Tracing the impacts of inter-generational trauma is a complex task, and the concept of affective postmemory (as characterized by Marianne Hirsch) is one way of conceptualising how traumatic experience is transferred. Kathy Behrendt, and others, however, have criticized Hirsch, suggesting some limits upon the use of postmemory.
In my recent article in History Workshop, I explored the question of transference of trauma in Nagasaki, discussing how new generations are not passive in reception of memory, but actively invest in narratives of the past, performing public history and memory-work that informs the community.
In this presentation I intend to introduce my article while reflecting on the usefulness of postmemory. Memory of trauma may on the one hand be malleable, and on the other hand work against the grain of narratives of state.
Dr Gwyn McClelland is Japanese Studies Lecturer at the University of New England. An oral historian, he conducts research engaging with religious discourses in memory and history.
In 2020, he was awarded the 2020 Japan Foundation Long-term Fellowship to complete fieldwork in Japan associated with a new study of the Gotō Islands. While he was unable to immediately attend this fellowship due to the COVID crisis, in association, Sophia University has granted him the status of Collaborative Research Fellow; and he will work during this term as an Honorary Associate of the University of Tokyo. Following on, he received the twelve-week prestigious 2022 National Library of Australia Fellowship (Harold S Williams Trust) to further support this study.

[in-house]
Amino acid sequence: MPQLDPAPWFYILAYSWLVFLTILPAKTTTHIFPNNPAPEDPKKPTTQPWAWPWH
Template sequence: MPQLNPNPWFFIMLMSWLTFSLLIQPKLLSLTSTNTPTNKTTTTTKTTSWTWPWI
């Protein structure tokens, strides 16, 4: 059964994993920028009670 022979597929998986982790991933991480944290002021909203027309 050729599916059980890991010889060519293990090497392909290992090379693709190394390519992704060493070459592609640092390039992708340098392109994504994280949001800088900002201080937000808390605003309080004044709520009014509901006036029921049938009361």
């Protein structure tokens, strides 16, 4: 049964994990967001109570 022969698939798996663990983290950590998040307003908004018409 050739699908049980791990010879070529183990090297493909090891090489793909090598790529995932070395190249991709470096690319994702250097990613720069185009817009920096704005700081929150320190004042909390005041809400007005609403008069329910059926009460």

The ANU Japan Institute Seminar Series is supported by the Australian Government through the Australia-Japan Foundation of the Department of Foreign Affairs and Trade.